0
  • Anonymous
    This is very useful. I believe all who indead would love to ave better and faster cooling will go for a kit like this, despite the cost.
    0
  • Anonymous
    I think its a great article. There is a lot to be learned here and the graphs are great too.
    0
  • jewie27
    Corsair H100 FTW!
    0
  • guardianangel42
    I love the progression of time from the date the article was written, to the first comment over a year later, and then the progressively newer posts until we get to jewie's post above.

    Guess Google is good for laughs as well as info!
    0
  • 4Ryan6
    I know this is an old article but I just want to address the misinformation as to the air flow direction of the picture of a diagramed stock motherboard air cooler, the air flow goes in the downward flow on the heat sink referenced in the design because the air coolers exhaust forced down on the motherboard is also cooling the motherboards voltage regulators.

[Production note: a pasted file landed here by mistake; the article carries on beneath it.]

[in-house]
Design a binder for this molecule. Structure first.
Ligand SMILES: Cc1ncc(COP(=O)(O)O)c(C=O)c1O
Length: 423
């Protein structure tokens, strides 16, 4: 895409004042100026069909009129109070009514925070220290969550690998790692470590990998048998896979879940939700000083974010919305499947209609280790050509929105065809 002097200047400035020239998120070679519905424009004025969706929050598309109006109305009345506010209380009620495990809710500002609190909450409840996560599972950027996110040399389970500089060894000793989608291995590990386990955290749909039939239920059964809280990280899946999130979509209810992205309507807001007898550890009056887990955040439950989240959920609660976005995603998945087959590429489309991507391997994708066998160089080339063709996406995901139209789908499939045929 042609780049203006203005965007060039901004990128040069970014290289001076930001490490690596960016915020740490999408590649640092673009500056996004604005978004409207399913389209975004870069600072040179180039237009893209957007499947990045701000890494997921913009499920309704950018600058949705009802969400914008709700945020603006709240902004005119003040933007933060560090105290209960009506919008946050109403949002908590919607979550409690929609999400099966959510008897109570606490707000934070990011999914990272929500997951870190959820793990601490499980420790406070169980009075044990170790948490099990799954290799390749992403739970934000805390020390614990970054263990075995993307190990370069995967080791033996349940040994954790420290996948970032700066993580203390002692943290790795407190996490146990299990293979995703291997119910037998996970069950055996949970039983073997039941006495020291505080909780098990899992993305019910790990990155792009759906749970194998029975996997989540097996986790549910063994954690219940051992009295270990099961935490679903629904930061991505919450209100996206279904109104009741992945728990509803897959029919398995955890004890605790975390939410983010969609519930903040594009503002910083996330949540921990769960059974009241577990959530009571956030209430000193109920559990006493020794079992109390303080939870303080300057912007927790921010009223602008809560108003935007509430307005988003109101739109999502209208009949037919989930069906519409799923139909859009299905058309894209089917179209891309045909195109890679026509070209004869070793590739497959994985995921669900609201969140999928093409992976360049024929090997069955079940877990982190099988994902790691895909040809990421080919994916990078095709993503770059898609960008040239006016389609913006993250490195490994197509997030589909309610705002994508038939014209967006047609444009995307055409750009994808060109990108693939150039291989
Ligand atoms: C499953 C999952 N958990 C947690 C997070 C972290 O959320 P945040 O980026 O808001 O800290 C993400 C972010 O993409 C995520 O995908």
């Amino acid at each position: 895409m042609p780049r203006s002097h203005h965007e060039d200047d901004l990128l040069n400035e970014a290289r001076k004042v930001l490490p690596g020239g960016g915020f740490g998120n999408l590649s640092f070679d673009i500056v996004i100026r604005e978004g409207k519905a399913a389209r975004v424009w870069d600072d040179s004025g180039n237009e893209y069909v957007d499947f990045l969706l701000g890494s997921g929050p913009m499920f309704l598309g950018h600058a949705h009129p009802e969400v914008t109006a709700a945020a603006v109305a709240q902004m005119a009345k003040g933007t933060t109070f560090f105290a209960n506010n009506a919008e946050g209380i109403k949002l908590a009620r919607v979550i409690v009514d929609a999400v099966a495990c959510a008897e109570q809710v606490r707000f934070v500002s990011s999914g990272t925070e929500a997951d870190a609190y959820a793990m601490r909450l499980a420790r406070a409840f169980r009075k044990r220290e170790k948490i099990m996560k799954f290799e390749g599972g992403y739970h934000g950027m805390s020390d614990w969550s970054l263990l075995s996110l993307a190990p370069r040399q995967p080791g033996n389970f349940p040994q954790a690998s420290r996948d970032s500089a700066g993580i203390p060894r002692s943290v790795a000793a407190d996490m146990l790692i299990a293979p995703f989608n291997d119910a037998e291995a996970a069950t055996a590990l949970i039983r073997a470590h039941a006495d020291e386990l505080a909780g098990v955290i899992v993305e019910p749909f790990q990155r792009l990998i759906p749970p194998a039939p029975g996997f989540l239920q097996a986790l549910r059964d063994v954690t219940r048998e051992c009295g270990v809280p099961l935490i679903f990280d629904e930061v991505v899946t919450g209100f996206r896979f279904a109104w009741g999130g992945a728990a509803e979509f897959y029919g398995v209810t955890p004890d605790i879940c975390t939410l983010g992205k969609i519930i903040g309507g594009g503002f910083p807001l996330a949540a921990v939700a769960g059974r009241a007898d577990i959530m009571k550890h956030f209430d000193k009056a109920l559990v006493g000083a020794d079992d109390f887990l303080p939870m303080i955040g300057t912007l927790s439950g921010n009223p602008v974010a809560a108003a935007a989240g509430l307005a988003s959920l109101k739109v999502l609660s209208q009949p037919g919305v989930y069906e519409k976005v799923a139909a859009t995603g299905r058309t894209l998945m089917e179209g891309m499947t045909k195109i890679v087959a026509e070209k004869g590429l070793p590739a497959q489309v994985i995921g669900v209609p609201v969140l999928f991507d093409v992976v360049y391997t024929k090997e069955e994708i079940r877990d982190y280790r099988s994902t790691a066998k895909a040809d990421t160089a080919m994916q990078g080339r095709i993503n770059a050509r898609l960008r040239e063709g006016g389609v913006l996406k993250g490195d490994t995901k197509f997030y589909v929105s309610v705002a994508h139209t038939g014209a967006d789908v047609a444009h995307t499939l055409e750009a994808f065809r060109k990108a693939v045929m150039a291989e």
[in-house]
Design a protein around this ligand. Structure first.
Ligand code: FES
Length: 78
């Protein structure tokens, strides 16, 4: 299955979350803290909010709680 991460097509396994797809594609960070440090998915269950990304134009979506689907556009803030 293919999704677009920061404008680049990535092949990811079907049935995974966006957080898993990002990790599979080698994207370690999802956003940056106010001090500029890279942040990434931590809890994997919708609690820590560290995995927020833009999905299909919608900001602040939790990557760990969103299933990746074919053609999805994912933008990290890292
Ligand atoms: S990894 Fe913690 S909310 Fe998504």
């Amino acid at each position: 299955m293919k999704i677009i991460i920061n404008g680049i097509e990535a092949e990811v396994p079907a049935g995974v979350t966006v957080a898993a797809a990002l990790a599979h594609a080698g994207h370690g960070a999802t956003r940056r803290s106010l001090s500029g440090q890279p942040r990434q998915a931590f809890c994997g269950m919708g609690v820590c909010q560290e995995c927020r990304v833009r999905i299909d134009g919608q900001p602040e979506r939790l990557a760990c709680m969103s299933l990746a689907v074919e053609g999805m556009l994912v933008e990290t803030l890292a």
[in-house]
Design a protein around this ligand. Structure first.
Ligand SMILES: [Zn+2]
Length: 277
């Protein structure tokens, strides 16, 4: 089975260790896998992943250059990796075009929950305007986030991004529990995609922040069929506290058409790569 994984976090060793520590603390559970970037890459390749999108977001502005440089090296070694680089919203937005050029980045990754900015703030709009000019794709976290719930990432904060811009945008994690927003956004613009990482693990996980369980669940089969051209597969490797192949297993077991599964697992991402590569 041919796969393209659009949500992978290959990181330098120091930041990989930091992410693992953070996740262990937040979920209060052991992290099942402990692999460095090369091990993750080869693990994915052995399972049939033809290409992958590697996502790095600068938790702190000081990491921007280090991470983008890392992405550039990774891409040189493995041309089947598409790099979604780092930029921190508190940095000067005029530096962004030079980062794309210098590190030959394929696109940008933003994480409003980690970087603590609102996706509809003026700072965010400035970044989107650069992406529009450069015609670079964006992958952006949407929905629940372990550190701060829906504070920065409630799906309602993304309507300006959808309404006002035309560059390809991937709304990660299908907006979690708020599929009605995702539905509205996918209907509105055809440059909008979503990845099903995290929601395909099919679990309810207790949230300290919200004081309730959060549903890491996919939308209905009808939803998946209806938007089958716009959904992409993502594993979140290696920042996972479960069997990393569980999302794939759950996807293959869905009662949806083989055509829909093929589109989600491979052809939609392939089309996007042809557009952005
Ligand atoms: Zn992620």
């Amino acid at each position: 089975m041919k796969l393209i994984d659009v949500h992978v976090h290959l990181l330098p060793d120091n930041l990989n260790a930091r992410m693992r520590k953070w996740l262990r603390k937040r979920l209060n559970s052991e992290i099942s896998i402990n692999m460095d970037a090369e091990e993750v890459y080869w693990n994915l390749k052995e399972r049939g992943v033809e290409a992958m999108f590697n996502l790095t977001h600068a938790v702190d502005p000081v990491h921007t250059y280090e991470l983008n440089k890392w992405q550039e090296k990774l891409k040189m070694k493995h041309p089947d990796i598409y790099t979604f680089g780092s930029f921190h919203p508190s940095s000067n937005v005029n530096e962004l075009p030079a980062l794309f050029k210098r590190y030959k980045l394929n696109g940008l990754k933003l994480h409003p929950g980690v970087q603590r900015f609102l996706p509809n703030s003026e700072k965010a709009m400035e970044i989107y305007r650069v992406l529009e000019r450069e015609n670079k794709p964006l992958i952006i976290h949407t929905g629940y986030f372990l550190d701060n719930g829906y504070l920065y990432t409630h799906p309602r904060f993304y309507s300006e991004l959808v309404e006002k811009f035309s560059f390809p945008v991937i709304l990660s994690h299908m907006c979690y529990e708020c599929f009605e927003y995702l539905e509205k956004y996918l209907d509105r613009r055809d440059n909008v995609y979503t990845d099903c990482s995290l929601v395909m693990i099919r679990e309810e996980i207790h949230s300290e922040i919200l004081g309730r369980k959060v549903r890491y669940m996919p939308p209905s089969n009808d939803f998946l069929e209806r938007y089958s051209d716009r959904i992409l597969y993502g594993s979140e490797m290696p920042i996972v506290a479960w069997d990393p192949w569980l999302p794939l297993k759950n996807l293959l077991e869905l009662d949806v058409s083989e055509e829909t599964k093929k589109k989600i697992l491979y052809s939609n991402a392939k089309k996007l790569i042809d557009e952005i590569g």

A little very left out fact of todays water cooling is providing airflow over the motherboards voltage regulators, when you remove the stock air cooler and replace it with a CPU water Block.
    0
  • MJM87
    This is a beginner guide for setting up water systems, I readed this article to know how I short-jumper the power so I could get the current out of my power supply, without turning the power on (or without having power connected to motherboard).

    Anyhow, "this is achieved by shorting out pins on the ATX power supply to fool it into providing power to the liquid cooling pump without powering the motherboard."
    And then there is not given the pins which need to short out! Should I try every possible pins to be shorting out? ..maybe not, but this article pisses me off..
    0
  • ruzbehdana
    Any detailed information on DIY water block for 5970?
    0